I have been to Berlin three or four times in the past eighteen months for work, but have never been able to see more than the airport, the inside of a taxi, the inside of a focus group facility, and my hotel room. When I went back last week, I decided I would finally set things right, so I set out on a 3.5 hour walking tour of the city (The Original Free Berlin Tour – would highly recommend).
Here are the top five things I learned/saw (a little random, granted, but variety is the spice of life):
- Berlin is 800 years old – relatively young for a major European city.
While there have been people living in the Berlin area for thousands of years, the earliest evidence of the city as we know it is from the late 12th century. Indeed, while the Romans did found German cities such as Cologne and Trier, they never reached the area of Berlin.
- Alexanderplatz was named after the tsar of Russia, Alexander I, after he visited on 25th October 1805.
The heyday of the area was in the 1920s when, along with Potsdamer Platz, it was the heart of Berlin nightlife.
- Tegel Airport was built during the Berlin Blockade.
After the Second World War, Germany was divided up into four occupied zones, each under the control of an Allied power (Britain, France, America and the USSR). As Berlin was in the USSR zone, that too was divided up between the Allies, something Stalin was not too happy about. In an attempt to push the Allies out of Berlin, he ordered a blockade of their sections of the city, which lasted from 24th June 1948 – 12th May 1949. Long story short, it failed, as the British, French and Americans were able to airlift supplies to their sections of the city. Tegel Airport (the one I flew into), was built by the French to accommodate the sheer volume of planes flying into the city each day – at the time it was the longest runway in Europe.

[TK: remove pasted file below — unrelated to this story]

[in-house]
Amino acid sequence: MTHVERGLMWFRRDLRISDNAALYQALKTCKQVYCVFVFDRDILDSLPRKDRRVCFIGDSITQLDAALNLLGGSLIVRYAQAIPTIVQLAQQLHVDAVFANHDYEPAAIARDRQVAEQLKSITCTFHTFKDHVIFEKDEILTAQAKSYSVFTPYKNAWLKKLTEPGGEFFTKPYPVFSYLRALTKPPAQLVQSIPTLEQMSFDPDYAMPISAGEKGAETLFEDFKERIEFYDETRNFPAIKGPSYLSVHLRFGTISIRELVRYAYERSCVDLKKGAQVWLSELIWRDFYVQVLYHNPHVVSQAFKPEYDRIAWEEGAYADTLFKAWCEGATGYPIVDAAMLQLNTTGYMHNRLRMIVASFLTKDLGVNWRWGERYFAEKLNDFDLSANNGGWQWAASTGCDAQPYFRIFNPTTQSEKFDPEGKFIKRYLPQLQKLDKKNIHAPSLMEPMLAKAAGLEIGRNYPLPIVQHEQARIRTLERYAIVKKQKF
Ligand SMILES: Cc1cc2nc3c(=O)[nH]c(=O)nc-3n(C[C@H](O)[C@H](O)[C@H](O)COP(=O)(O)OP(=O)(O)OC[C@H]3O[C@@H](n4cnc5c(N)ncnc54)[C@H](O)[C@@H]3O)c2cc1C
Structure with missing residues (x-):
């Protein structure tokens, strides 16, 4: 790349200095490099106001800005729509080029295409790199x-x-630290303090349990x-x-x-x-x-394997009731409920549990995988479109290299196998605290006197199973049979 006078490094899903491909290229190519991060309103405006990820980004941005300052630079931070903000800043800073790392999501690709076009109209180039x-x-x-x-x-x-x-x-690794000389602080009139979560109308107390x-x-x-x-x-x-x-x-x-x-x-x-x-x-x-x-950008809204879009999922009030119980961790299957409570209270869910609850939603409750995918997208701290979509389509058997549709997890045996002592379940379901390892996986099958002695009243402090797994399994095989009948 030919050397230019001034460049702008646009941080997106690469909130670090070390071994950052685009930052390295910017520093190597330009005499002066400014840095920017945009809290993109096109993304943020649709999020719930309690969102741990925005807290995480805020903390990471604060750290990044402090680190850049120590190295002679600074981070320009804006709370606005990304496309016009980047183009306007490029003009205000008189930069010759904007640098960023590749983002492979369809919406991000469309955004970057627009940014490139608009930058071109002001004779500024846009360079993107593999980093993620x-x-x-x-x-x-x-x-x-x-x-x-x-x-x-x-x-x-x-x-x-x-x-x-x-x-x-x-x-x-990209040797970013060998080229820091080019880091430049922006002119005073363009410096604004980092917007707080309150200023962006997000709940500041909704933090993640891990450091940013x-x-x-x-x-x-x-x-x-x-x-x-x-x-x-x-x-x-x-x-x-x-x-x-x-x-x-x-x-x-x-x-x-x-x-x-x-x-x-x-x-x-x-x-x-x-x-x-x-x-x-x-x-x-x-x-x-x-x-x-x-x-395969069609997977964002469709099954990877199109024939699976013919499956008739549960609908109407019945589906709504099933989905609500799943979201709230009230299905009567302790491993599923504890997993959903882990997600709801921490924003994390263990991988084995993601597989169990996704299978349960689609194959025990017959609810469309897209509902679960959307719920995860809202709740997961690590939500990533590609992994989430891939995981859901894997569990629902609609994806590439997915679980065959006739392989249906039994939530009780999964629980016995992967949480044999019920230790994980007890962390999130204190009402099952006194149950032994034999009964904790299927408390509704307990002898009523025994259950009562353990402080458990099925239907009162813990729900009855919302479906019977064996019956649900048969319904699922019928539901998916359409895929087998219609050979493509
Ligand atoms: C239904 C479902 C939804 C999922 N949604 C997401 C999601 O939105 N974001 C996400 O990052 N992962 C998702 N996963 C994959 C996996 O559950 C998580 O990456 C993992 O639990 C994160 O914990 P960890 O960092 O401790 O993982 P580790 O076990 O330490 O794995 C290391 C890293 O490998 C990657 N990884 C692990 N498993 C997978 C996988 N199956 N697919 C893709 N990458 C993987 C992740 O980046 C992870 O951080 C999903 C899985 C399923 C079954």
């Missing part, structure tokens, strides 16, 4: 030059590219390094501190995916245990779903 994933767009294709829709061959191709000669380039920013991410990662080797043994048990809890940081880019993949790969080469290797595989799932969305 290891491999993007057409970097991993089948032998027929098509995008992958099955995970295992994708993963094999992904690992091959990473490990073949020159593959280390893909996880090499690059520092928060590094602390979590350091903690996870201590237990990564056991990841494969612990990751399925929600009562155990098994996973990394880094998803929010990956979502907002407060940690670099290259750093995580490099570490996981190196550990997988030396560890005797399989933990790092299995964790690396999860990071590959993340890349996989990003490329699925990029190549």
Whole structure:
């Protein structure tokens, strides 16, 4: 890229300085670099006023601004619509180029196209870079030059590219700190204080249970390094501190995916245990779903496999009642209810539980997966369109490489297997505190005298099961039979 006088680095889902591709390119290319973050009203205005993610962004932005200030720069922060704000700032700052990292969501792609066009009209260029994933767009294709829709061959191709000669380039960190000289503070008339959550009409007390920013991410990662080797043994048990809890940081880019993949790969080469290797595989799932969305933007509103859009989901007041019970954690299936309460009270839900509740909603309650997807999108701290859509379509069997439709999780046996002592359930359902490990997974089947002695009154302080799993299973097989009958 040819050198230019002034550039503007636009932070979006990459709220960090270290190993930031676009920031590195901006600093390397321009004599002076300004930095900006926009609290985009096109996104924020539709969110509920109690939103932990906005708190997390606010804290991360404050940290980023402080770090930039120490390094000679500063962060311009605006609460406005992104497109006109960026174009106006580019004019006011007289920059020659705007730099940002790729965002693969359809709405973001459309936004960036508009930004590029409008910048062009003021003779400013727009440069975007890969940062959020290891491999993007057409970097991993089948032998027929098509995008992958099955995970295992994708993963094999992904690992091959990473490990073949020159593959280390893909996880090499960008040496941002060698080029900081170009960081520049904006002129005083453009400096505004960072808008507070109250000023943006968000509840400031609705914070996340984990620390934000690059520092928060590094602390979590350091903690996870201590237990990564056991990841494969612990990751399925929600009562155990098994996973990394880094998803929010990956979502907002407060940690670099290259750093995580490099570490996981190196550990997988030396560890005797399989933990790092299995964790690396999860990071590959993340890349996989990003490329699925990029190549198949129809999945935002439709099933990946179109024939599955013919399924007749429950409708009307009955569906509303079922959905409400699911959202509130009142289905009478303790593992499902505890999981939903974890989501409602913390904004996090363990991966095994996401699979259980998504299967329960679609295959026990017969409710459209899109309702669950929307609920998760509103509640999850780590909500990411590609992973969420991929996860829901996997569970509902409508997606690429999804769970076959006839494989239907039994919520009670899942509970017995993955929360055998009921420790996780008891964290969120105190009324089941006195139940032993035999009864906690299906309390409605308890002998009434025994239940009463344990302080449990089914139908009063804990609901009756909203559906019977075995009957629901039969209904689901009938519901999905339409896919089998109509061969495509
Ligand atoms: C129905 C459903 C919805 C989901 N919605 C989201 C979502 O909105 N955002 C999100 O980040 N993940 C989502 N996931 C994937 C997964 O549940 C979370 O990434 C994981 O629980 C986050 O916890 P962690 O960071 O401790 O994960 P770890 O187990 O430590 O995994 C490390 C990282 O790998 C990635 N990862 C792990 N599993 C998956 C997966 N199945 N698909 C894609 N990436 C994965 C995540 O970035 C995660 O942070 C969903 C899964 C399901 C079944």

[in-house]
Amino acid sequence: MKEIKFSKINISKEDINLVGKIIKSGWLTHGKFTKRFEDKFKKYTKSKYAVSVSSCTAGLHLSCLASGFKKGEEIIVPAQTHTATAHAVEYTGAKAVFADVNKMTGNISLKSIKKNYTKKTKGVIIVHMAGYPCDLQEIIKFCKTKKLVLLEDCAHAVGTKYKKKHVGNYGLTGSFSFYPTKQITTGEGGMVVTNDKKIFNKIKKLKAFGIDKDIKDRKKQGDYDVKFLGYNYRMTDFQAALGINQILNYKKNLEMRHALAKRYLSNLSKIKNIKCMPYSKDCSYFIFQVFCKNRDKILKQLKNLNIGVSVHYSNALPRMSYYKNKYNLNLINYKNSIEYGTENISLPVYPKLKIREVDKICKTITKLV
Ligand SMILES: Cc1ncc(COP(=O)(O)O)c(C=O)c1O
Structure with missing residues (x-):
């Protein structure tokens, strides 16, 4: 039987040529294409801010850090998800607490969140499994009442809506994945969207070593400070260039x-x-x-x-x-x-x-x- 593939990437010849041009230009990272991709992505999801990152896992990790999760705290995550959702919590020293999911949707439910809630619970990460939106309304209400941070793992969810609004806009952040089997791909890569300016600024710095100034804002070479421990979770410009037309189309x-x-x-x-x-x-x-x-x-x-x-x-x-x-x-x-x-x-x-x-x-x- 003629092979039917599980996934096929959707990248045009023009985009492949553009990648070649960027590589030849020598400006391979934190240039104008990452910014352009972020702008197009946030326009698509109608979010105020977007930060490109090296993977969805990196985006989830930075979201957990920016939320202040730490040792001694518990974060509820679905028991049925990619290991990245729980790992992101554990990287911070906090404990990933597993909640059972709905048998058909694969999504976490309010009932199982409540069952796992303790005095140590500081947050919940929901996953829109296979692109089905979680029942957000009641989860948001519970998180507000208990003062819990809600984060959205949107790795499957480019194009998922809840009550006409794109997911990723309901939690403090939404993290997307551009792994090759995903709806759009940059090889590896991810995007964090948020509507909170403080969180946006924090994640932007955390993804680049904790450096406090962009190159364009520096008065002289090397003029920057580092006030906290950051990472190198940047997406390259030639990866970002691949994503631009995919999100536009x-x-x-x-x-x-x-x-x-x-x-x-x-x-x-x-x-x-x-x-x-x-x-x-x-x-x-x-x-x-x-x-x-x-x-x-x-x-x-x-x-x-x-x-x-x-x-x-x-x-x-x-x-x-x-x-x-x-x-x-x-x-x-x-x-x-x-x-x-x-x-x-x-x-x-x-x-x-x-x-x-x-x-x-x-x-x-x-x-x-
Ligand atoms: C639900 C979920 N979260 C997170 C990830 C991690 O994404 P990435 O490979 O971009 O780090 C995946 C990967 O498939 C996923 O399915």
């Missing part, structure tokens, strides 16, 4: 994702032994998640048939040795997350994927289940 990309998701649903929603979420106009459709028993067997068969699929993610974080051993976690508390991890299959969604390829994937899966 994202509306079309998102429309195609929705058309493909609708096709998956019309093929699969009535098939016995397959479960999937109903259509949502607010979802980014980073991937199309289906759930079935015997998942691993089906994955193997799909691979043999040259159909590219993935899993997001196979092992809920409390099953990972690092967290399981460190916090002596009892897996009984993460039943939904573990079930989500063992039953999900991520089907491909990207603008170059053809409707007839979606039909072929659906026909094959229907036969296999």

- This year, part of the bank of the River Spree was named after Vera Brittain (Vera Brittain Ufer).
Vera Brittain is one of my heroes; she is a woman who lost everything – her fiance, her brother, her best friends – and yet still found the courage to continue living and to fight for what was right. The bank has been named in her honour due to her prominent role as a pacificist during the Second World War, speaking out against the British bombing of Germany, which resulted in the deaths of many innocent civilians.
- Last but not least (for me anyway), there is a chocolatier in Berlin called Fassbender & Rausch with a humongous chocolate replica of the Titanic.
I have no idea why it’s there, but it makes me happy.